Saturday, December 13, 2008


This American Needs Fluids

An American can eat so many things while living abroad. One can partake of that country’s native cuisine, or if he/she prefers, imported American food. The latter will probably be exactly the same as in its country of origin, except that it comes in smaller portions and, even more appallingly, without ready access to a salt shaker.

For the American living overseas, however, most of these disparate food groups have one thing in common: They may inflict a beating upon the American’s digestive system on a somewhat regular basis.

For all the American knows, it has nothing to do with the food itself. Said American’s internal organs and/or immune system’s may be the party at fault. True, one may have only found oneself reliving the contents the previous day’s dinner in the most unpleasant of manners possible only once a decade or so in his/her country of origin, and since going abroad it may have happened pretty much on an annual basis, but never let this American be accused of rushing to judgment.

The culpable food may come in any manner of shapes or sizes, but is typically animal-based (you win this round, vegetarians!). It also can take anywhere from 12 hours (if it’s some manner of local cuisine) to 30 minutes (if it comes from McDonalds) for it take effect, but the effect is usually the same. At first there’s a sudden, rather urgent need to venture toward the gender-specific room one finds appropriate. This will get one’s attention, but not set off any alarm bells; it’s not like that sort of thing has never happen to this American while he/she were in his/her hometown.

The return of that rather urgent need within a half-hour may trigger a sense of alarm, though. If not, the third critical requirement in about an hour’s time ought to impress this American that something is really, really not right. If the American is working at the time, he/she she should not hesitate; this situation is not going to get better and they really need some quality alone.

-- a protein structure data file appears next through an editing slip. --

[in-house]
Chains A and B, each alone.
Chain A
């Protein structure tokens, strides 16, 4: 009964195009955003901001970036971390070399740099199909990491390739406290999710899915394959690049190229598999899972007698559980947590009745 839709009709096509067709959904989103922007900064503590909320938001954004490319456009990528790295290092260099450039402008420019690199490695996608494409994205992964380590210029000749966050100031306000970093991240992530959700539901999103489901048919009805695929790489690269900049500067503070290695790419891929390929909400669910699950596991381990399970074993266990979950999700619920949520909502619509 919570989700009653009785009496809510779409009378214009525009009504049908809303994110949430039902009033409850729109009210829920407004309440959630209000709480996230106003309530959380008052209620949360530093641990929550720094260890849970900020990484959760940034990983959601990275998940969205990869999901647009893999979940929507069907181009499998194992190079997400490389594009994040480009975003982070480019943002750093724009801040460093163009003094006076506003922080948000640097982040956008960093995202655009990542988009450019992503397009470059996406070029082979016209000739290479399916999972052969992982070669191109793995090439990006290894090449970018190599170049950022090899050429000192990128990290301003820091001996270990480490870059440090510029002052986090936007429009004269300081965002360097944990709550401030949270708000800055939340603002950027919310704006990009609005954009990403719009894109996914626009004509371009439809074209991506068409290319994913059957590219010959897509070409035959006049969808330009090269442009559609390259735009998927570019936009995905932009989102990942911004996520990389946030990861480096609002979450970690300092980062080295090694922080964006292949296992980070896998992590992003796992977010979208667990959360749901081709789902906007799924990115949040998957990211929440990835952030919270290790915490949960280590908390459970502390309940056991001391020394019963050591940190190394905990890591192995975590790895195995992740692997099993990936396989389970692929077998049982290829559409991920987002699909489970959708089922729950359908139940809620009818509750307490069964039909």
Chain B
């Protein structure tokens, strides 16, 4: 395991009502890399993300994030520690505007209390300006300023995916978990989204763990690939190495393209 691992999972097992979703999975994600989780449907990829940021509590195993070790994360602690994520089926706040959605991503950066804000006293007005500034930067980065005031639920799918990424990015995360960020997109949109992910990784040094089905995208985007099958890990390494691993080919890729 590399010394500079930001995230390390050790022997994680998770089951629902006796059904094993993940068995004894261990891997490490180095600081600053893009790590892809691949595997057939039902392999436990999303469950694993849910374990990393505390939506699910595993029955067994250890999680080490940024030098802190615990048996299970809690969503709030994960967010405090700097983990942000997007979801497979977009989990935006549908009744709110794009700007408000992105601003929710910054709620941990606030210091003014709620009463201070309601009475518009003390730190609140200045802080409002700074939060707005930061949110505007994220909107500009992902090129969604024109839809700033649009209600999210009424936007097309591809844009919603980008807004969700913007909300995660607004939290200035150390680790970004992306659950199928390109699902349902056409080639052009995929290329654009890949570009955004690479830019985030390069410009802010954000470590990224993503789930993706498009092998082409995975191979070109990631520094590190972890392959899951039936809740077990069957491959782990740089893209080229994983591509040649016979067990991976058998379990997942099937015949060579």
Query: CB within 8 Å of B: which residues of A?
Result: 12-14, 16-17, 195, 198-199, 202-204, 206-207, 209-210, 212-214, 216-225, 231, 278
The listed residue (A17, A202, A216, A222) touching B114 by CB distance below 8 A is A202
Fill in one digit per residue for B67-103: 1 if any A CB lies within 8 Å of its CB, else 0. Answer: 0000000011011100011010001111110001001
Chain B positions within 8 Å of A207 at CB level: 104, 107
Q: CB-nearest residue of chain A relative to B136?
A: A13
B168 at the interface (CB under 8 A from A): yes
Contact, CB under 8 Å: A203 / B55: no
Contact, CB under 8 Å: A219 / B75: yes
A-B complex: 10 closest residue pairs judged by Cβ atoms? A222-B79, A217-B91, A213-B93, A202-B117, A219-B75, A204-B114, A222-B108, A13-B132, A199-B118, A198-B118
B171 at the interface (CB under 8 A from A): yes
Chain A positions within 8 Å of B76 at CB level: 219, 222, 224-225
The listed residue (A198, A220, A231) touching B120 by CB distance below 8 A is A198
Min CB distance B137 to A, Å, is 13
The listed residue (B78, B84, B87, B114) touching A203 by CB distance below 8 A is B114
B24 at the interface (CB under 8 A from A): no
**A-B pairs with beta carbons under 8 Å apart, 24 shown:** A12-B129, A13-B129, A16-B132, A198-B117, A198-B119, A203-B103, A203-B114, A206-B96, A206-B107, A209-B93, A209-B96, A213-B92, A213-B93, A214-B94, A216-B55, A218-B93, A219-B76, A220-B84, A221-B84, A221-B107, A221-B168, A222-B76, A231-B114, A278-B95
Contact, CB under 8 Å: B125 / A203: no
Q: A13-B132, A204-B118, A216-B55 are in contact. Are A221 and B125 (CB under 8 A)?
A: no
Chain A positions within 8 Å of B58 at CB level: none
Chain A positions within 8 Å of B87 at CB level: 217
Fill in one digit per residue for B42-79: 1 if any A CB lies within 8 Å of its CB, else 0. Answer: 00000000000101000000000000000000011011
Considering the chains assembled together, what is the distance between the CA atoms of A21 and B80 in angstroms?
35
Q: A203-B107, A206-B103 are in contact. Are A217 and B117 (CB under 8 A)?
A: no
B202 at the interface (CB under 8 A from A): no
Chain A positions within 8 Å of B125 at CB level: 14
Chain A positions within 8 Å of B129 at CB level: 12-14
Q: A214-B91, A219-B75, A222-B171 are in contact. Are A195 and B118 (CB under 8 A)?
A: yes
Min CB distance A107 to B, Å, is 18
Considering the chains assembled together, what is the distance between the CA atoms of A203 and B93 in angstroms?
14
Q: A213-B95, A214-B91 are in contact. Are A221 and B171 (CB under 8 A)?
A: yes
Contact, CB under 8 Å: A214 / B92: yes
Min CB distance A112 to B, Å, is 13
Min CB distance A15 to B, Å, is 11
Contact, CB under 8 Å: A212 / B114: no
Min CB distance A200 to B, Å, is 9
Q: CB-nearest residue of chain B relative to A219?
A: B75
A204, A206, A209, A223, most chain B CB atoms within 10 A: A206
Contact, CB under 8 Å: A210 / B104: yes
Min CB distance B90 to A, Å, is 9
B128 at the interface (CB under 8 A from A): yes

One may be embarrassed to discuss this situation with one’s peers or superiors at work, but no matter what culture one finds oneself in, this is one experience no one wants to partake of vicariously. They will not hesitate to grant you a day, or however many one needs off*.

The American in question may feel guilty at this point because he or she has cleared his or her schedule for the remainder of the day. He or she shouldn’t, because even if what’s been experienced so far hasn’t been so bad, trust this American, spending eight hours behind a desk is certainly preferable to what’s ahead. The best possible likelihood is a day or so of more of the same, after which the American will be so dehydrated that his or her face will have lost much of its usual color and a two-day diet of water, porridge and tasteless medicine will be necessary.

A less fortunate likelihood is that nausea, a much less embarrassing but far more discomforting symptom than the first, will take place. The act(s) one thinks of when he/she thinks of nausea is not the worst aspect of this symptom; what’s much worse is the 60-90 minutes of merely feeling it, and knowing that the act is coming. The American will probably spend all 60 to 90 of these minutes thinking something like the following: Maybe commencing with this action will bring the uneasiness in my stomach to a prompt conclusion. Or, maybe it will carry on until my stomach is sore, I can’t move and I’m praying for death.

By this point, these two symptoms put together will probably leave said American so drained that many hours of intravenous fluids are required. While living abroad, there are two ways to prepare for this possibility: the first is to have a friend you can contact about giving you a lift to the hospital, and who can speak the language required to restore your vital nutrients.

The other option, the one this American prefers, is to cut out the middle man completely and just marry someone already working in that country’s health services profession. That way, one can get the intravenous fluids one needs from home, while his/her medically inclined spouse spoon feeds him/her the rice porridge and supplies him/her with a phone for sending text messages to understanding colleagues about his or his condition.

One can take this American’s word for it that such people will be there. Traveling abroad can lead not only to new job opportunities, but will also introduce one to an untold number of good people who may serve as understanding colleagues or even medically inclined spouses.

With all this to gain, spending one day a year praying for death isn’t to high a price to pay, is it?

*Just a warning for those who, like this American, live and work in Korea: Korean people are often embarrassed to see people kiss, or to discuss sexual matters in public. One thing that does not seem to bother them in the least is discussing bodily functions. If one describes the above problem to his/her Korean supervisor, the supervisor might very well announce something like the following to the rest of the staff: “Okay, everyone, Robert has to take the day off because he has diarrhea!” You ought to prepare yourself for this.)

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